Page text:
Food, Joy, and God: How to Enjoy God

“I have food to eat that you do not know about…Jesus said to them, ‘My food is to do the will of Him who sent Me and to accomplish His work…Already he who reaps is receiving wages and is gathering fruit for eternal life; so that he who sows and he who reaps may rejoice together.’” (John 4:32,34,36)

Lately, I have been struck deeply by a part of God’s nature that it is literally transforming my life and walk, both in spiritual matters, and in “day-to-day” matters. It is the nature of God’s pleasure and in His delightfulness. There is a vast, and indeed infinite, amount of joy to be experienced in His wonderful, boundless love!

There is an idea that I harbored about God and pleasures, virtue and joy, love and delightfulness. Subtly, under the surface, I always imagined these things as opposing things. That if I was, indeed, pursuing God, then joy and delight was something that I had to give up. Much like the argument Piper raises in his book, Desiring God, I had believed that if I did something morally right, or at the benefit of another person, then ideally it needed to be absent of any reward to myself–that reward, especially, of the “feel-good” joy. I really wasn’t aware of how prominent this idea was in me until lately.1200px-Good_Food_Display_-_NCI_Visuals_Online

As I’ve been pondering this subject and reading some well-known, well-respected books on the topic, I’ve been trying to find a good analogy to use to help me process this idea. We can often find the nature of God within nature itself–within it different workings and laws. Then, I came across something Jesus said (the above passage in John 4:34-36).

In this passage, Jesus compared “doing the will of Him who sent me” as “food that you know not of.” There it struck me as a beautiful analogy, one that anyone can relate to…indeed the same analogy Jesus used–food.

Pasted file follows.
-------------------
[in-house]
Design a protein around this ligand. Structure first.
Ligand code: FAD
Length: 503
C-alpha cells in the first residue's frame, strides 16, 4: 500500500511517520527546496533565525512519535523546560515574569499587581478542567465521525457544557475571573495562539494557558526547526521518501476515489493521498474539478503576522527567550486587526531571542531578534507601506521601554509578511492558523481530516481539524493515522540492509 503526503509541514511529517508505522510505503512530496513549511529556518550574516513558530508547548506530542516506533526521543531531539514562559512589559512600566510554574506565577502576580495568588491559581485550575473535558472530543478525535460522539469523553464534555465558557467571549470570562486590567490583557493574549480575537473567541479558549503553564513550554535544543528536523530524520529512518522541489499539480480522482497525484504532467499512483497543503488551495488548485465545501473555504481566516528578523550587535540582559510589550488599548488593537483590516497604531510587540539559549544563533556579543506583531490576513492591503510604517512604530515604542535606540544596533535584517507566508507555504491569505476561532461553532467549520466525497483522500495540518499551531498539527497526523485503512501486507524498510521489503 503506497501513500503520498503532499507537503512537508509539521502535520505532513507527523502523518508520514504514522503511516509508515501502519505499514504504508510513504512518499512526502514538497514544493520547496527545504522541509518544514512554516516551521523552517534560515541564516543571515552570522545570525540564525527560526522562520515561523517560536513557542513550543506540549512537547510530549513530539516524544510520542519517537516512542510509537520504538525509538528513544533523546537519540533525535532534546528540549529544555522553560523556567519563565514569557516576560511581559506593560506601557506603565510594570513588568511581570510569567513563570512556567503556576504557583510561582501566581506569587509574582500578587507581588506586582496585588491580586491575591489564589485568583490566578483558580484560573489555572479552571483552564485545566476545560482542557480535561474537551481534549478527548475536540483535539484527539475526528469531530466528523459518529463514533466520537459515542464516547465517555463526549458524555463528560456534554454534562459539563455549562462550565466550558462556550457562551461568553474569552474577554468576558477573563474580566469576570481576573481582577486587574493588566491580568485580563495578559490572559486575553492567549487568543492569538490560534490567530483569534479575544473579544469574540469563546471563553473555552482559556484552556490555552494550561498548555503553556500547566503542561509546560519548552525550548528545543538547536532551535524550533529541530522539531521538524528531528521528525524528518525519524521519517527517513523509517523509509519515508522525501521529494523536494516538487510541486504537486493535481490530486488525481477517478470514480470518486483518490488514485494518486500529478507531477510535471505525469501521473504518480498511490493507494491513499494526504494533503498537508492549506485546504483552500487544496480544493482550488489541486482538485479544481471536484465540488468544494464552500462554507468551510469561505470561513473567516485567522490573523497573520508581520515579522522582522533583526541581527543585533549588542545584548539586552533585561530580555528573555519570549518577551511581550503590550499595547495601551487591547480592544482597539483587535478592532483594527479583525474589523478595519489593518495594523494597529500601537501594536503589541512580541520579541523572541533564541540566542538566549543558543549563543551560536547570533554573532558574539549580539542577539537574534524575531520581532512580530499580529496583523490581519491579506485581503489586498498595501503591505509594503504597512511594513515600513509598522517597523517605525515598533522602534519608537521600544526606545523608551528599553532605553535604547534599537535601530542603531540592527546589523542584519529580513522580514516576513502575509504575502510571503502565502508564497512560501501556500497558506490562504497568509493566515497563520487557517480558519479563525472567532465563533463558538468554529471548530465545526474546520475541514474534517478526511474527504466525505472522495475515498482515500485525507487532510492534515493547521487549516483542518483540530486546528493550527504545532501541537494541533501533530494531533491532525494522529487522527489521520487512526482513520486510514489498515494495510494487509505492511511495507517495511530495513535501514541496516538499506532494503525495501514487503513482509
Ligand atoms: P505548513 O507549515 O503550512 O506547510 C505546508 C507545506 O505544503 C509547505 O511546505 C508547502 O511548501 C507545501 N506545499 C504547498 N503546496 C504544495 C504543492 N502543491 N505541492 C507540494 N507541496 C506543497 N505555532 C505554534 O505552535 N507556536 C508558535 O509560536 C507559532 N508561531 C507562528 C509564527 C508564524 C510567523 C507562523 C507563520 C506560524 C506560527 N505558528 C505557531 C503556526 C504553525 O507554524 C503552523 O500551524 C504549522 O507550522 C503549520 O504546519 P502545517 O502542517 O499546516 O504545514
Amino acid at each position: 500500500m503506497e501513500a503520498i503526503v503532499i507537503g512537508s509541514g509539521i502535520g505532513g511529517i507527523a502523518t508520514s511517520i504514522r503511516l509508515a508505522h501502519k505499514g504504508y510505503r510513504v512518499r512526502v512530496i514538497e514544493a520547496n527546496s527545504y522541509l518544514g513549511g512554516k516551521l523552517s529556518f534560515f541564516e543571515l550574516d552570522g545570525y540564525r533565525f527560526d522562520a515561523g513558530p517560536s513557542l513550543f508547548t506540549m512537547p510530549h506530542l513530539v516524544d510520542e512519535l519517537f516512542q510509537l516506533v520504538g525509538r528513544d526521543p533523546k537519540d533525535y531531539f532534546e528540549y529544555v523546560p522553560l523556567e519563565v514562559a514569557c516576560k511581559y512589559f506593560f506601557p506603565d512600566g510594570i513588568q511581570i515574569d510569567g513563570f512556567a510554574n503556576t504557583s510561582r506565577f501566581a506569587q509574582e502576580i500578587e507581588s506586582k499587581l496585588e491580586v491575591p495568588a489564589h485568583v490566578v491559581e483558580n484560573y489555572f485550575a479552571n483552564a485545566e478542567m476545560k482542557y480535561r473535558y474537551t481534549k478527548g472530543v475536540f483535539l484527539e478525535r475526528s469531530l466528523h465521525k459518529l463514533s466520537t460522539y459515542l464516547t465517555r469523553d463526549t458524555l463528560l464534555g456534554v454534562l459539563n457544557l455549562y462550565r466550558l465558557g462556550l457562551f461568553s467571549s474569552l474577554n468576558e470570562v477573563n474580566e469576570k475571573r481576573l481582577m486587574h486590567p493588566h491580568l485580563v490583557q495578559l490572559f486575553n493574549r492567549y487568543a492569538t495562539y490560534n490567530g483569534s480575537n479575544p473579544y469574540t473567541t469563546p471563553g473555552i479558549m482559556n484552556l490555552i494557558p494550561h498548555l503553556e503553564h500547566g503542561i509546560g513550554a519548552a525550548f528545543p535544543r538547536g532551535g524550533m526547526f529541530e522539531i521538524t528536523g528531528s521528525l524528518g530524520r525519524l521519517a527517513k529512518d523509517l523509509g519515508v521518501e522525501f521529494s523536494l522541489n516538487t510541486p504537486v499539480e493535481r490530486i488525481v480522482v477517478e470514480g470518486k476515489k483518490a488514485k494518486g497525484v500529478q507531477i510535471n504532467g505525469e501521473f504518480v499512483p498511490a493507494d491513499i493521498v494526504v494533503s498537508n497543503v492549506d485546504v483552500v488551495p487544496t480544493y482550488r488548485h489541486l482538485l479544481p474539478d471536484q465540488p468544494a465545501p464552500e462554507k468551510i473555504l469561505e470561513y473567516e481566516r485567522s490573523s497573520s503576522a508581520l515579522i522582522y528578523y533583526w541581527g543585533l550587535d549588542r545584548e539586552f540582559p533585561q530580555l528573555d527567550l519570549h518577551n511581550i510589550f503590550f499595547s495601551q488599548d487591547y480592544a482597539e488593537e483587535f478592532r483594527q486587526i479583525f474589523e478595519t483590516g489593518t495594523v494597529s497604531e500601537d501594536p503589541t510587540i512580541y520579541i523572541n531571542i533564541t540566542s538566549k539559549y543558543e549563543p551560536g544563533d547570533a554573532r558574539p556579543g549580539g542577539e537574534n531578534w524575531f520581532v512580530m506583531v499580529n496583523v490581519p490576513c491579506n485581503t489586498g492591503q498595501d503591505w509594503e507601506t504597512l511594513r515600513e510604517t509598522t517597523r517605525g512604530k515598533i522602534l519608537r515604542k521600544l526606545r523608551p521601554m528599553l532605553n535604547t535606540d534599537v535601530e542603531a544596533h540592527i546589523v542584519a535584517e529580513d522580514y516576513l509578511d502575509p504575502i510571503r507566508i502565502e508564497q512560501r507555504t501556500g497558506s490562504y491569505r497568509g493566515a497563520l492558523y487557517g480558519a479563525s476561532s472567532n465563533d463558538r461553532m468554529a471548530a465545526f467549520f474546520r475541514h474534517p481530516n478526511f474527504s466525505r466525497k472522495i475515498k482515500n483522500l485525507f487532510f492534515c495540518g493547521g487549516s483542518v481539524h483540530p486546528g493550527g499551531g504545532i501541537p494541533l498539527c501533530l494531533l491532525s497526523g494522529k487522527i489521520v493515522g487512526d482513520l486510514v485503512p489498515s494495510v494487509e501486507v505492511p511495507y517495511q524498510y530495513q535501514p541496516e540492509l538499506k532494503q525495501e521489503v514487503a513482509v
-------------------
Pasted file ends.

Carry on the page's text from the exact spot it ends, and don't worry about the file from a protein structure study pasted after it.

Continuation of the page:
We’ll compare worship (one aspect of doing the will of our Father) to eating and hopefully I’ll get the jist of my ideas down in the limited space that this blog affords…

Food, Joy, and God

When it comes to eating, there is a certain process involved. Like most things in creation, there’s a certain way that it works. Now, we eat because we have to! If we didn’t, we would die. It’s one of the three most vital things our bodies and brains need to survive. It isn’t a luxury or recreational.

First, we feel the hunger pang. That feeling in our gut, the grumbling emptiness from deep within. And I’ve noticed it’s more than just physical, somewhere deep within our psyche is involved too, to where even if we don’t feel the physical pang, we have a strong desire to consume food. Our bodies and minds are telling us that we need something that only food can satisfy. Then we do whatever is needed in the moment to acquire that food.

This part of the process could be likened to before we were saved. When we had that deep inner hunger and desire for something deeper and more real than what this world or its people have to offer. Or even after being saved, when we’ve began to “back-slide” and begin to feel that tug within our spirits…”to hunger and thirst for righteousness.”

Next, we eat! This is the fun part. We take something that is vital to our survival and livelihood from outside ourselves and bring it into us. (A side note: something, whether plant or animal, must die, must sacrifice its life to nurture us. Much like how we must sacrifice many things to worship and “eat” Christ.)

Now here’s where the pleasure and delightfulness of food comes in and truly shows itself as a picture of God Himself. Somewhere between acquiring and consuming our sustenance, we begin to feel the joy and pleasure of the food. Our brains send a signal which kicks our dopamine levels up (the “feel-good” chemicals in the brain), telling us that what we’re doing is good and right and that we should keep doing it. On a strictly survivalist standpoint, this feel-good part of food consumption is not necessary. We could just as easily survive on a very slim diet of a few calories, proteins, etc. People do it all the time. But oh what a part of life we would be missing!